What can parents do?

  • Seek help from a health professional with special training in children’s bladder problems, such as a doctor, physiotherapist or continence nurse advisor.
  • Watch for constipation as this can make the bladder problem worse. Seek medical help if it is an ongoing problem.
  • If your child is using a bed-wetting alarm, get up when it goes off and help to wake them up and change their clothes or sheet. Make sure there is enough light at night so it is easy to get to the toilet.

There are some things which do NOT help:

  • DO NOT punish for wet beds.
  • DO NOT shame the child in front of friends or family.
  • DO NOT lift the child at night to toilet them. This may cut down on some wet beds, but it does not help the child learn to be dry.
  • DO NOT try to fix bed-wetting when other family members are going through a stressful time.

Yeŋö lëu bï mëdhiëëth looi?

  • Wïc kuɔɔny tɛ̈n raan cë wël kïïm kueen biäk alɛ̈ɛ̈c ku yäc – kɔc cë wël kä kueen aa kɔc cït akïïm, kɔɔc kɔc duääny wälä akuɔny-akïïm ë thiu thar.
  • Muk meth nhom ba tïŋ lɔn cï yen kuil rin ye kuil alɛ̈ɛ̈c cɔla cak. Lak tɛ̈n akïm tɛ̈ këc kuil kɔ̈ɔ̈c.
  • Na ye manh du tɔ̈c ke kaaŋ ë wɛ̈ɛ̈r, ka yï jɔt rot tɛ̈ kuuth kaaŋ ku kony meth bë pääc ku war alɛ̈th keen nïn. Cɔl mer-mer ye piny tïŋ a tɔ̈u rin bäk dhël la ɣön laac ŋiɛc ya tïŋ wɛ̈ɛ̈r yic.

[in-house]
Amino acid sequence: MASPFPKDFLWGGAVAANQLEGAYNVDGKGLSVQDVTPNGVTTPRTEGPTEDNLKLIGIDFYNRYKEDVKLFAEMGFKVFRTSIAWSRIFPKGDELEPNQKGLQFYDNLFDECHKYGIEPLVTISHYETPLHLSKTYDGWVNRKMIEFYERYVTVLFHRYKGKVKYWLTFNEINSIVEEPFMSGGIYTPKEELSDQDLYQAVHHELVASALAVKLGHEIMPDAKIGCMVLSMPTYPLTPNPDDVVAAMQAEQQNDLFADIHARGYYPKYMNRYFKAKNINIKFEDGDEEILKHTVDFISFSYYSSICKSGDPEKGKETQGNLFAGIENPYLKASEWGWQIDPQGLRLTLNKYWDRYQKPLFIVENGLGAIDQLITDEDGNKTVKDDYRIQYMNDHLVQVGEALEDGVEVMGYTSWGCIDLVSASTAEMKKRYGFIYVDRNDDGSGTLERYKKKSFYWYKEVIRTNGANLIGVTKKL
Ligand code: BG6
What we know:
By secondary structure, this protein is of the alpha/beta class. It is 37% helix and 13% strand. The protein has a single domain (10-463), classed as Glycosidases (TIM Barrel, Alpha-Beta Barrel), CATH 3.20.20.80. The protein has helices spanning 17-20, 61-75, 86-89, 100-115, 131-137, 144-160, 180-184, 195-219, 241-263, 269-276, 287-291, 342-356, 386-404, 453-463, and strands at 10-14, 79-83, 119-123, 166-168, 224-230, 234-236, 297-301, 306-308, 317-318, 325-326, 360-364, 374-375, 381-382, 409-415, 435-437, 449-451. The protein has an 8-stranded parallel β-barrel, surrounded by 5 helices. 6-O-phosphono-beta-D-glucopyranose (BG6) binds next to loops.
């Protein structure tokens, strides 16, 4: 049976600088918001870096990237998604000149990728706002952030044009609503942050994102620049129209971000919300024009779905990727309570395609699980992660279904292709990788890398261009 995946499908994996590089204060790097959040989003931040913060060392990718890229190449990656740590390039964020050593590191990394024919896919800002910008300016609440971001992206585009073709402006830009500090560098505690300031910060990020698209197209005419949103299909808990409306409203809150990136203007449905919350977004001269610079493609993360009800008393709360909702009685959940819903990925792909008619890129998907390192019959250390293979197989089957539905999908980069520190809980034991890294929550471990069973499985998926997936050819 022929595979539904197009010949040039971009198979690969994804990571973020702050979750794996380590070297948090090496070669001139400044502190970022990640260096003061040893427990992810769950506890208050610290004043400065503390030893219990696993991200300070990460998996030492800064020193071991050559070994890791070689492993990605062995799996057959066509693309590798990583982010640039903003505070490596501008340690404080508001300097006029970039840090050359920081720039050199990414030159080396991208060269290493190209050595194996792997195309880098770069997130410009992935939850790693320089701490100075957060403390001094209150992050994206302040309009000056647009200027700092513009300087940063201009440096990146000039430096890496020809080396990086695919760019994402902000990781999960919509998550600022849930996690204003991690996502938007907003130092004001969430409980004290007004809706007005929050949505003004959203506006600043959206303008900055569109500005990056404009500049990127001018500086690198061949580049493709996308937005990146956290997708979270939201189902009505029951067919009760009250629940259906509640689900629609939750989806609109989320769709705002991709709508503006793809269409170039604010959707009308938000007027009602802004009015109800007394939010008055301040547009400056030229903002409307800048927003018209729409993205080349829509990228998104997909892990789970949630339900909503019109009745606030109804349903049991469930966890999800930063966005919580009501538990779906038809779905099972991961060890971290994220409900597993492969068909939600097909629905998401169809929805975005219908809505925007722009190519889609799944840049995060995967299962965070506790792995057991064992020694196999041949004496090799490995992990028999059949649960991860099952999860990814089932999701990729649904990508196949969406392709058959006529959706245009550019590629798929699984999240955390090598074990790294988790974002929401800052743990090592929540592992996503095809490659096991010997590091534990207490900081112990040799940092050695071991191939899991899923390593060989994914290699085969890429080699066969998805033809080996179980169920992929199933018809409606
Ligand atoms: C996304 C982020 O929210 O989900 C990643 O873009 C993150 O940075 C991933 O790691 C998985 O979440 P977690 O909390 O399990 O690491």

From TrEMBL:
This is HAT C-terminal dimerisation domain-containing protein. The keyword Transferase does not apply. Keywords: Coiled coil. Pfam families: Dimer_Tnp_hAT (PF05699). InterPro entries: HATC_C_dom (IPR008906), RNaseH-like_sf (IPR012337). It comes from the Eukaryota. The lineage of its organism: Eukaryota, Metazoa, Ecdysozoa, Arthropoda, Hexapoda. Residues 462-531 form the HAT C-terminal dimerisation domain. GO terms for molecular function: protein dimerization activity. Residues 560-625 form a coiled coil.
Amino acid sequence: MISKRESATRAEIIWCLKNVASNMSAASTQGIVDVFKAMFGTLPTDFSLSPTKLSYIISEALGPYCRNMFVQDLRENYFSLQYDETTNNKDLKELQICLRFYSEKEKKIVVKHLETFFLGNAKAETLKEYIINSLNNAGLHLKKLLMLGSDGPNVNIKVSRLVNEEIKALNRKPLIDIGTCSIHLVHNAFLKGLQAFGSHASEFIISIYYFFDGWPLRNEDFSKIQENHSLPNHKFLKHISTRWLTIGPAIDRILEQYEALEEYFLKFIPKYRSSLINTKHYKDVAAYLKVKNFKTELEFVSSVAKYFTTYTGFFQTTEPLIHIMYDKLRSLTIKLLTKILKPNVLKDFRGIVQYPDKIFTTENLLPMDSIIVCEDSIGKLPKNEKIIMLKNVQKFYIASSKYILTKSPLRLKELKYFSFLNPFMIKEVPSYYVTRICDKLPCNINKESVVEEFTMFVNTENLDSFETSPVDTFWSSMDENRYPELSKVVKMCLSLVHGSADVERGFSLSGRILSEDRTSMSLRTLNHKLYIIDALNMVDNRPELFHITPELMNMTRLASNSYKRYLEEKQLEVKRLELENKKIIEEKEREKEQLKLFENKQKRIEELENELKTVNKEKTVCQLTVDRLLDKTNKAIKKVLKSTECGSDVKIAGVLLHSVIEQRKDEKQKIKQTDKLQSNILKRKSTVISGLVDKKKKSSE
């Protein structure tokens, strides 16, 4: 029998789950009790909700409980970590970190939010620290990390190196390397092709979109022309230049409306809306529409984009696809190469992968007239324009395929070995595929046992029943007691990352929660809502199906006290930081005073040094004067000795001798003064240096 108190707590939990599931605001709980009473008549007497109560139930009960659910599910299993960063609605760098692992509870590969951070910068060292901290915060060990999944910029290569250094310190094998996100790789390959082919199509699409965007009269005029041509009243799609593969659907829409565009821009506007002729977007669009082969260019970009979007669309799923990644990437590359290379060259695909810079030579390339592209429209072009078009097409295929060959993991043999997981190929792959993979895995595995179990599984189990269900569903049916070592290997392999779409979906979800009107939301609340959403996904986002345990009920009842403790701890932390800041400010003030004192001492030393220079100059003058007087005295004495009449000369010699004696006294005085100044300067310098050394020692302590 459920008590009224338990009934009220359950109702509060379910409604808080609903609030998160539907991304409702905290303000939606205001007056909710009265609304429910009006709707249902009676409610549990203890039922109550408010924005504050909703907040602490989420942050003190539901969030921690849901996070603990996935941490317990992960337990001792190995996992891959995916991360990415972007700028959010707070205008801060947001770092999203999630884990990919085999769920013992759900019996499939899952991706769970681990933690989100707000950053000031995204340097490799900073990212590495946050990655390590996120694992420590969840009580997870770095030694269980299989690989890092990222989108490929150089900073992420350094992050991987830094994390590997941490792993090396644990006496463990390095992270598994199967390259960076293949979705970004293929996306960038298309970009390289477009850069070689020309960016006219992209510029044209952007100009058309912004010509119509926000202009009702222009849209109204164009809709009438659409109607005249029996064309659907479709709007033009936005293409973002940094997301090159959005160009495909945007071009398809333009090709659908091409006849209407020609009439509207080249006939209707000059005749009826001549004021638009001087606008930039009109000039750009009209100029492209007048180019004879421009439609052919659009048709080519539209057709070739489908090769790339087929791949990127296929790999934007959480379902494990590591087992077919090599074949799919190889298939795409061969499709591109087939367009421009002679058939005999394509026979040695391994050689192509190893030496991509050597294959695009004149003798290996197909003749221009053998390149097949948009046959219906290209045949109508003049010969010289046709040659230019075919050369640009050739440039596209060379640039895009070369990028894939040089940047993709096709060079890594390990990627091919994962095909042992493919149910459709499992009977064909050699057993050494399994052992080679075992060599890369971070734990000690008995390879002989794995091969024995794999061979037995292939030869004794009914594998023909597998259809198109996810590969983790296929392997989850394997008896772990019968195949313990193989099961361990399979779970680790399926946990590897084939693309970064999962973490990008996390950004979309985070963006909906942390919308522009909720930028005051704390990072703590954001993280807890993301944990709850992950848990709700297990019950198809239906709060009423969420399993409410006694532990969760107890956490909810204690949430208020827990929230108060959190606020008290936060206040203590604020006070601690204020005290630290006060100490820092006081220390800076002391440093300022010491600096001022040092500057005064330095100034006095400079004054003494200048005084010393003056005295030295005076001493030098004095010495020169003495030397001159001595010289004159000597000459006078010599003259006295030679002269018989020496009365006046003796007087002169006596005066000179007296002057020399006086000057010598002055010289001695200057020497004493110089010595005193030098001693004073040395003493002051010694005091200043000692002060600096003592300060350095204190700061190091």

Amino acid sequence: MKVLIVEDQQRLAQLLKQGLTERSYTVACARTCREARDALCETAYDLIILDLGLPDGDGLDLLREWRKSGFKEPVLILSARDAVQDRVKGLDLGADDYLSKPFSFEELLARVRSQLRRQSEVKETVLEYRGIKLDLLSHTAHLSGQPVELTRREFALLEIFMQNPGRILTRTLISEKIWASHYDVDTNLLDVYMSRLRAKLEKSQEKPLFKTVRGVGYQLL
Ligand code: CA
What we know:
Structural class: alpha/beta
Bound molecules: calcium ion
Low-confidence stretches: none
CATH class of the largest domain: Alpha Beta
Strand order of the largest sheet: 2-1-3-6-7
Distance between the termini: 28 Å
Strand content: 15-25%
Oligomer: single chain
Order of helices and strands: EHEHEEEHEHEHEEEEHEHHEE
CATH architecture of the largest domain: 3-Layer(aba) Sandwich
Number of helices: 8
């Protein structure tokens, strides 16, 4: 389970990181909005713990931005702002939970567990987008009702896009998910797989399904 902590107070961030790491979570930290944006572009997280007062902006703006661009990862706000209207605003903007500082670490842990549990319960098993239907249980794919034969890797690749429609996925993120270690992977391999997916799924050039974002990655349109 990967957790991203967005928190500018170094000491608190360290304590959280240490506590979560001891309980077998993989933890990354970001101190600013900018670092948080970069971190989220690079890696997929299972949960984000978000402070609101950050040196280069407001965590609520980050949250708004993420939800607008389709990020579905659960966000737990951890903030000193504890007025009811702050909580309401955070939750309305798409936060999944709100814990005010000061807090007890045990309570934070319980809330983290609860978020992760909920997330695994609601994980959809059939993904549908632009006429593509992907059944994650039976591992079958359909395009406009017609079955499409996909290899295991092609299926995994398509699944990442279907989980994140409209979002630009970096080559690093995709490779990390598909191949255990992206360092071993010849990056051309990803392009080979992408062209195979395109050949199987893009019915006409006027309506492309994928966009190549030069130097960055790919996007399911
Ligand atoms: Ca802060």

A leŋ kä cë path:

  • DUK meth mɛ̈t rin cï yen akät läc yiic.
  • DUK meth yɔ̈r pamäth wälä kɔɔc mac-thok nhïïm.
  • DUK meth ye jɔt wɛ̈ɛ̈r yic ba ɣäth ɣön laac. Kën a lëu bë meth gël bë akät cï lɛ̈c ku a cï lëu bë meth piɔ̈ɔ̈c bë muöl laac-nïn.
  • DUK laac agenic wel bë ya yen kë dït tɛ̈ leŋ yen kä kɔ̈k jöör baai tɛ̈n kɔɔc cë macthok.

Seek help

Qualified nurses are available if you call the National Continence Helpline on 1800 33 00 66* (Monday to Friday, between 8.00am to 8.00pm Australian Eastern Standard Time) for free:

  • Information;
  • Advice; and
  • Leaflets.

If you have difficulty speaking or understanding English you can access the Helpline through the free Telephone Interpreter Service on 13 14 50. The phone will be answered in English, so please name the language you speak and wait on the phone. You will be connected to an interpreter who speaks your language. Tell the interpreter you wish to call the National Continence Helpline on 1800 33 00 66. Wait on the phone to be connected and the interpreter will assist you to speak with a continence nurse advisor. All calls are confidential.

* Calls from mobile telephones are charged at applicable rates.

Wïc kuɔɔny

Mathaat akïm cï piöc aabï tɔ̈ na yï ayup telepun Kuɔɔny Baai käk thiu thar ee nïmra kënëic tök, bɛ̈t, gueu, diäk, diäk, gueu, dhetem, dhetem*/ 1800 33 00 66* (aköl Tök agut aköl Dhiëc ee Läätic (Monday- Friday) kaam thaa bɛ̈t nhiäk-duur (8am) ku thaa bɛ̈t thëëi (8pm) ee thaa kɔc Australia ciëŋ Ciëën) aye gäm kɔc abɛc:

  • Lëk/Wël;
  • Wëët; ku
  • Athör thiin ë lëk.

Na yïn acie ŋiëc jam thoŋ English apiɛth ka yïn alëu ba telpun luɔi ye kɔc Kuɔny wɛ̈r thokic yuɔ̈p. Cɔl nïmra kënë tök diäk, tök, ŋuan, dhiëc/13 14 50. Tueŋic, abï raan kɔŋ dhuk nhom ee thoŋ English, luel thoŋduɔ̈n ee yïn jam ku tiɛ̈ɛ̈t ee telepunic. Yïn abï tuɔ̈ɔ̈m thok kek raan kɔc waar thook/duwër jam thuɔŋdu, ku jal kek lɛ̈k wɛ̈tduɔ̈n wïc ee yïn kɔc Baai Kuɔɔny Käk thiu thar yuɔ̈p ee nïmra kënëic tök, bɛ̈t, gueu, diäk, diäk, gueu, dhetem, dhetem/ 1800 33 00 66. Tiɛ̈ɛ̈t ee telepunic ku bï yï gam ku duwër abï kony ba jam kek mathaat akïm kɔc lɛ̈k. Telepun duwër aye kɔc yup thïn abɛc/majan ee rin cïn en wëu ye wïc tënë yïn. Kek wël ëbɛ̈n aye thiaan yiic.

* Yup mobaalic ee wëu cam tëcït cɔ̈t baai ëtɛ̈n.